November 22, 2010
(Photo: Max Brown/STOCK.XCHNG)
Like musical compression saves space on
your mp3 player, the human brain has ways of recoding sounds to save
precious processing power.
To whittle a recording of your favorite song down to a manageable
pile of megabytes, computers take advantage of reliable qualities of
sounds to reduce the amount of information needed.
Collections of neurons have their own
ways to efficiently encode sound properties that are predictable.
"In perception, whether visual or
auditory, sensory input has a lot of structure to it," said
Keith Kluender, a psychology professor at the
University of Wisconsin-Madison.
"Your brain takes advantage of the
fact that the world is predictable, and pays less attention to
parts it can predict."
Along with graduate student Christian
Stilp and assistant professor Timothy Rogers, Kluender
co-authored a study published in this week's (Nov. 22) early online
edition of the Proceedings of the National Academy of Sciences
showing listeners can become effectively deaf to sounds that do not
conform to their brains' expectations.
The researchers crafted an orderly set of novel sounds that combined
elements of a tenor saxophone and a French horn. The sounds also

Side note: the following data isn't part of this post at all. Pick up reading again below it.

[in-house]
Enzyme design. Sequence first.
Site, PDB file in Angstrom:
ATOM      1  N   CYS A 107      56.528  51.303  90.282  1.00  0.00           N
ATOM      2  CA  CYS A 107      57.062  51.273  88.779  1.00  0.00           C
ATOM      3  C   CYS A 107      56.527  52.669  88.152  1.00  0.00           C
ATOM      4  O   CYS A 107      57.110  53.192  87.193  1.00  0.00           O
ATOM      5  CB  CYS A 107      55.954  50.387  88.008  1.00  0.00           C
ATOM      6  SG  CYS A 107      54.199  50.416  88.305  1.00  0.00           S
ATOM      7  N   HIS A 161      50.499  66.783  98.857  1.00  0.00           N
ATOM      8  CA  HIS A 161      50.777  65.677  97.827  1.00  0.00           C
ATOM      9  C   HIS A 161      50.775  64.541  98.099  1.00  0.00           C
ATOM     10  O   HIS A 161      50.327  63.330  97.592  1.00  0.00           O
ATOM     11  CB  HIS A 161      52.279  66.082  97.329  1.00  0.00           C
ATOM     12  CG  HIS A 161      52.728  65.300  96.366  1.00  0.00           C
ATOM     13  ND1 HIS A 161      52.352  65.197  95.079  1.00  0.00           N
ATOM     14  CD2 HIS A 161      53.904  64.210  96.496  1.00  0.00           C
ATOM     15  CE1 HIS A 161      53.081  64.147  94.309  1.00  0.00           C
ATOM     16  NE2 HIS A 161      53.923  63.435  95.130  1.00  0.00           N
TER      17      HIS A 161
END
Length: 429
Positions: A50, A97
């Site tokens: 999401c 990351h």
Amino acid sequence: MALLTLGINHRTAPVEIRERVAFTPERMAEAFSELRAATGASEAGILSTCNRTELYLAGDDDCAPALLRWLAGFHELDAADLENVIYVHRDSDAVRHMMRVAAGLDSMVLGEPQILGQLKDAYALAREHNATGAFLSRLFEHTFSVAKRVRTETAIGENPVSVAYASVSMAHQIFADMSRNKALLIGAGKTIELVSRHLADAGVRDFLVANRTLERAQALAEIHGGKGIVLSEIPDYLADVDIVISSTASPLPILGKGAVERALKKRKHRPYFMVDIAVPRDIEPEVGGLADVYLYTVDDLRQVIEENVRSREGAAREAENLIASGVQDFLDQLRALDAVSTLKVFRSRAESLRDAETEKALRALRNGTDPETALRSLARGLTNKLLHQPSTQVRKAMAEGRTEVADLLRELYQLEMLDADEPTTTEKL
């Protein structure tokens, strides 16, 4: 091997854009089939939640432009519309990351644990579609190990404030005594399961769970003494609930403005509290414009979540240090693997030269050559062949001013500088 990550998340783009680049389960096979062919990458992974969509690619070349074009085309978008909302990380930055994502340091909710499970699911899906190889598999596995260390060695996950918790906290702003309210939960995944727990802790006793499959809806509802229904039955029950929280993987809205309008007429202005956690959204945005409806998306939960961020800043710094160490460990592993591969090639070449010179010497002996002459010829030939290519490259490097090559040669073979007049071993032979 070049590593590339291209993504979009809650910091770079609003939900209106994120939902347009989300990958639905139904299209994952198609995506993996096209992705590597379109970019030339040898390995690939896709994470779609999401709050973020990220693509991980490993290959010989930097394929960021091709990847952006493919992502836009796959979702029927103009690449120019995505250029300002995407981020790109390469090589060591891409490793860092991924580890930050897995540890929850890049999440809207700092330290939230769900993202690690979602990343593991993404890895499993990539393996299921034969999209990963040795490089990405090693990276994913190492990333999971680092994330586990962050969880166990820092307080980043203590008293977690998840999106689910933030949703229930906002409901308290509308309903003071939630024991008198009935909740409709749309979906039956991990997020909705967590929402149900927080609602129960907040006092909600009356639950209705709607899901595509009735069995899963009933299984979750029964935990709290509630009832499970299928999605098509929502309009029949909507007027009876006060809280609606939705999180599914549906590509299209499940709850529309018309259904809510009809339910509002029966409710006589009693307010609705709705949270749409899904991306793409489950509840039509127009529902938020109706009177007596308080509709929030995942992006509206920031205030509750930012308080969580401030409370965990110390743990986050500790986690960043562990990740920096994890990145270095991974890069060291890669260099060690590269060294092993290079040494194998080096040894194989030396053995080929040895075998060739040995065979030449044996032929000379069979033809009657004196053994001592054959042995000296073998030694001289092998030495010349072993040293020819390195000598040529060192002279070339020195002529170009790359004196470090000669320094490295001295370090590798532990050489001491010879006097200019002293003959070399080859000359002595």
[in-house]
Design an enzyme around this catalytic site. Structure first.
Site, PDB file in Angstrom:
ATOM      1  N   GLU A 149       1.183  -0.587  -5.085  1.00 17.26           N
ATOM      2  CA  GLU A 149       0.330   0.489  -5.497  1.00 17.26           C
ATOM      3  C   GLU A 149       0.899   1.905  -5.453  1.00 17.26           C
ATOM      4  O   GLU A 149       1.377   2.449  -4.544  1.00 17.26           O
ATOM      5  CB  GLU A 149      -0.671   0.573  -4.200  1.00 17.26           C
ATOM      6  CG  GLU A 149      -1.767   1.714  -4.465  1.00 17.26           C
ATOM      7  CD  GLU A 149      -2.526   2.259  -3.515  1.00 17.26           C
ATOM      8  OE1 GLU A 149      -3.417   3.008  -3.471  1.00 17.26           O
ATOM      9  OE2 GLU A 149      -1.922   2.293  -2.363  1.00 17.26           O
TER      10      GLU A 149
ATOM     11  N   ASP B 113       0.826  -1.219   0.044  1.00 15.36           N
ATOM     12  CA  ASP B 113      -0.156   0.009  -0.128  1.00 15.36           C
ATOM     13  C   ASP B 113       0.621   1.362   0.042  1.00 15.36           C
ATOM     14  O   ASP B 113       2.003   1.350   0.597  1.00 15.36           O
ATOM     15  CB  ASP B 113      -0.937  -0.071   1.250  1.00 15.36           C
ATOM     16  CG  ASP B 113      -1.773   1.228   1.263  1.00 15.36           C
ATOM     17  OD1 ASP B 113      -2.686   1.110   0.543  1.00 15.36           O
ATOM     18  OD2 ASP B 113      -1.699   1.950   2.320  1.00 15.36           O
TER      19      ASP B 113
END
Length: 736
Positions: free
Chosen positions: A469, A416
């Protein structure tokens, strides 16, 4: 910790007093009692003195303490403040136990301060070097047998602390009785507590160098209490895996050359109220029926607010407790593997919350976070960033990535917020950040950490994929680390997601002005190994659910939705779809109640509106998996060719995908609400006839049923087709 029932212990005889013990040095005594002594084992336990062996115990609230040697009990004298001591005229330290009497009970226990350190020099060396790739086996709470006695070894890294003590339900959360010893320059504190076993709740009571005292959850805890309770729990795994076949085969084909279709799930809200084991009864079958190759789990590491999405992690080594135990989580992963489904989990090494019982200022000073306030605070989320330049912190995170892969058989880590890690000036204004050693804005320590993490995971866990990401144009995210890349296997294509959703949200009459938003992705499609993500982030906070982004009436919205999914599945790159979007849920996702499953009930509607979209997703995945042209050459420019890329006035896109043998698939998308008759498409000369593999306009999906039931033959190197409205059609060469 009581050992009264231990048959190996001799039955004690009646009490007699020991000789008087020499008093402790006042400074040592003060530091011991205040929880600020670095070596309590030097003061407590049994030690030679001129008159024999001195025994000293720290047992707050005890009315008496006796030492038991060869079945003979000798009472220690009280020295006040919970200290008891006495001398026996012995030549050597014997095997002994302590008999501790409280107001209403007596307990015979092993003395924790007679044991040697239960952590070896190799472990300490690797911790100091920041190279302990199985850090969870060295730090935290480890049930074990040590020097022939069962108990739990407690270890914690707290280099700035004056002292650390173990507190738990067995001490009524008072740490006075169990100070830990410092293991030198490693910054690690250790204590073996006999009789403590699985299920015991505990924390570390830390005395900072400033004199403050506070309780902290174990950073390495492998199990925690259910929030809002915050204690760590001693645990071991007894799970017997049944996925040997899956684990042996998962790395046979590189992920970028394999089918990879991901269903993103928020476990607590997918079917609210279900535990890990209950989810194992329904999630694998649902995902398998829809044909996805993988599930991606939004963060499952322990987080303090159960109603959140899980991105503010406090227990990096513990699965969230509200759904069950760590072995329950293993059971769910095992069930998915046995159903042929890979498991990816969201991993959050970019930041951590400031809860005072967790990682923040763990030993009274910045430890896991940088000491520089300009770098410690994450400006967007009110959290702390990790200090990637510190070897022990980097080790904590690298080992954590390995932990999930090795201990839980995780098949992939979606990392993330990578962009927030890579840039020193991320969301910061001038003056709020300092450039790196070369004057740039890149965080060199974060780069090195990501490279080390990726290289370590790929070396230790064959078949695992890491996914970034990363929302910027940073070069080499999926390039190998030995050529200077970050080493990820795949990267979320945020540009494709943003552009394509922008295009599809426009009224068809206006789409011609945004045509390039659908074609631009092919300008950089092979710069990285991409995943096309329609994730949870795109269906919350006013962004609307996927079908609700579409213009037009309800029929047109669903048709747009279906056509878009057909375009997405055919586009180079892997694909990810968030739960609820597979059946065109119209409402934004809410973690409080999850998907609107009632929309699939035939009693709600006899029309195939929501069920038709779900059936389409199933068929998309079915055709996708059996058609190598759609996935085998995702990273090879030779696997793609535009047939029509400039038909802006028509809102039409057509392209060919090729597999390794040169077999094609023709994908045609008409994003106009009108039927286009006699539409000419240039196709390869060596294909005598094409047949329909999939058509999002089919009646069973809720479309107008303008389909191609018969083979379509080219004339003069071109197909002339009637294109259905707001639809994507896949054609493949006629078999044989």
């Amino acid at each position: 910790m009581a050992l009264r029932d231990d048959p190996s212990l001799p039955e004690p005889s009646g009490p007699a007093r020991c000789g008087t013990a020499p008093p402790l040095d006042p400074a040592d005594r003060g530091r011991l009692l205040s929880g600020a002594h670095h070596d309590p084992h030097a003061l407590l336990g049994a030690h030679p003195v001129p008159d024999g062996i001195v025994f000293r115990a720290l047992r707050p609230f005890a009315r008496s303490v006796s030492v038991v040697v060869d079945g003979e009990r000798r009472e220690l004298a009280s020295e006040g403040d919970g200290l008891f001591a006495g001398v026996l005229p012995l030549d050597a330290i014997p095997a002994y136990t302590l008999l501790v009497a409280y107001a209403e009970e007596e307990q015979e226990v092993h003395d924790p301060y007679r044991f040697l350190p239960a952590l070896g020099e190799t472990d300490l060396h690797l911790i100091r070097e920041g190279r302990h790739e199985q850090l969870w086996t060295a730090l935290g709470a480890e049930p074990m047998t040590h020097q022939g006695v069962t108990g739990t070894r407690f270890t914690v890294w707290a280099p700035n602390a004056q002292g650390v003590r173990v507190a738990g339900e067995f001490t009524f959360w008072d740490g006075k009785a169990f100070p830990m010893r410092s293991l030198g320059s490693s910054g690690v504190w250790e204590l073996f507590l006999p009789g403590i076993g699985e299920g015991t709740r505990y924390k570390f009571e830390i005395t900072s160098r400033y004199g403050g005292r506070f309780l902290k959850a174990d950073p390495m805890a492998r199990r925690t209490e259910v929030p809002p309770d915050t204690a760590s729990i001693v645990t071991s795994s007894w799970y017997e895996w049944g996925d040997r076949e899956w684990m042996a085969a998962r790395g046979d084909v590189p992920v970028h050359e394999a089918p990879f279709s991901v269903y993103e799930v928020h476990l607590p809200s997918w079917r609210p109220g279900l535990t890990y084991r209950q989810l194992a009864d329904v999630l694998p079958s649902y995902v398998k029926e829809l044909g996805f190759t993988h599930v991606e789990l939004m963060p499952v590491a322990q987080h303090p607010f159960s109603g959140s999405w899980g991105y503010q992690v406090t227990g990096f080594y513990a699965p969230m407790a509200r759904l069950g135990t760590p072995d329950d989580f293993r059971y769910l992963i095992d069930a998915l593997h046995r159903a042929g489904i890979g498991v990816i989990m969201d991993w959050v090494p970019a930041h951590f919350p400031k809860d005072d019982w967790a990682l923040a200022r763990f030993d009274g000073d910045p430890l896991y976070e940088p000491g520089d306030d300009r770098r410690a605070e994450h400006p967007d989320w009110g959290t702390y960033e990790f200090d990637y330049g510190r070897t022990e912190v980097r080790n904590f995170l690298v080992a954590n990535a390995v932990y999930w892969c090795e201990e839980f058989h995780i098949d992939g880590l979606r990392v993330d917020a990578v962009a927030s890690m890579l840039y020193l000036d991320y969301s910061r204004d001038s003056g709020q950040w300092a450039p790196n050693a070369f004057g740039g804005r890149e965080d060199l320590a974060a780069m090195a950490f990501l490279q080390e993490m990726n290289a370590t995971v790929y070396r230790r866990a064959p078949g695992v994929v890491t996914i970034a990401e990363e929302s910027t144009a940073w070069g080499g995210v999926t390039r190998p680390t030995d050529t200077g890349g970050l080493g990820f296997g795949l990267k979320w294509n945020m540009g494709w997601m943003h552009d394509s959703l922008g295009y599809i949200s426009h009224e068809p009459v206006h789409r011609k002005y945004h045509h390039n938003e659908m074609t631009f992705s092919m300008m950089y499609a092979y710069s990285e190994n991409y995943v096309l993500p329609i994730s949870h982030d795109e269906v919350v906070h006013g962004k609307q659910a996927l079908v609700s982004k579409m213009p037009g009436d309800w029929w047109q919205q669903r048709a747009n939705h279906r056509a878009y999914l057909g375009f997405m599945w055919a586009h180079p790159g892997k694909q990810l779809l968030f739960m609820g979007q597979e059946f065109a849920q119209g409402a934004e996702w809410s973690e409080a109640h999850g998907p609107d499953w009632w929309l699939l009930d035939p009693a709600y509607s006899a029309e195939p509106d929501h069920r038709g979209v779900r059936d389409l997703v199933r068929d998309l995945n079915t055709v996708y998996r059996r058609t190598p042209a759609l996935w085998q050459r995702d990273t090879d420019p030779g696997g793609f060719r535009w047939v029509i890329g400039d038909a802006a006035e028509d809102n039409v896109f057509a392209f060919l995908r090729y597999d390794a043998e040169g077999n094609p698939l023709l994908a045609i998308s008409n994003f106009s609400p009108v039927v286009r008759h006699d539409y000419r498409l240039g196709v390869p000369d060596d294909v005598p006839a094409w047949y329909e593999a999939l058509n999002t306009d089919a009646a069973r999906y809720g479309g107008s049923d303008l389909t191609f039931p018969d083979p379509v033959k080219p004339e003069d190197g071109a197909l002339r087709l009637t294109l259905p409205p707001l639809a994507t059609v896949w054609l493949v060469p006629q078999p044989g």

varied systematically in onset - from abrupt, like the pluck of a
violin string, to gradual, like a bowed string.
These sounds were played in the
background while test subjects played with
After a little more than seven minutes, listeners completed trials
where they were asked to identify one sound in a set of three that
was unlike the other two.
Distinguishing sounds that varied in instrument and onset in the
same way they had just heard was a simple matter. But sounds that
didn't fit - with, say, more pluck and not enough saxophone - were
completely lost to the listeners.
They could not correctly identify one of
the non-conforming sounds as the odd one among three examples.
"They're so good at perceiving the
correlations between the orderly sounds, that's all they hear,"
says Kluender, whose work is funded by the National Institute of
Deafness and Other Communication Disorders.
"Perceptually, they've discarded the
physical attributes of the sounds."
The results jibe well with theoretical
descriptions of an efficient brain, and the researchers were
able to accurately predict listener performance using a
computational model simulating brain connections.
"The world around us isn't random,"
"If you have an efficient system,
you should take advantage of that in the way you perceive the
world around you. That's never been demonstrated this clearly
To avoid having to carefully take in and
remember every last bit of visual or audible stimulus it encounters,
the mind quickly acquaints itself with the world's predictability
"That's part of why people can
understand speech even in really terrible conditions," Kluender
"You can press your ear to the wall
in a cheap apartment and make out a conversation going on next
door even though the wall removes two-thirds of the acoustic
information. From just small pieces of sounds, your brain can
predict the rest."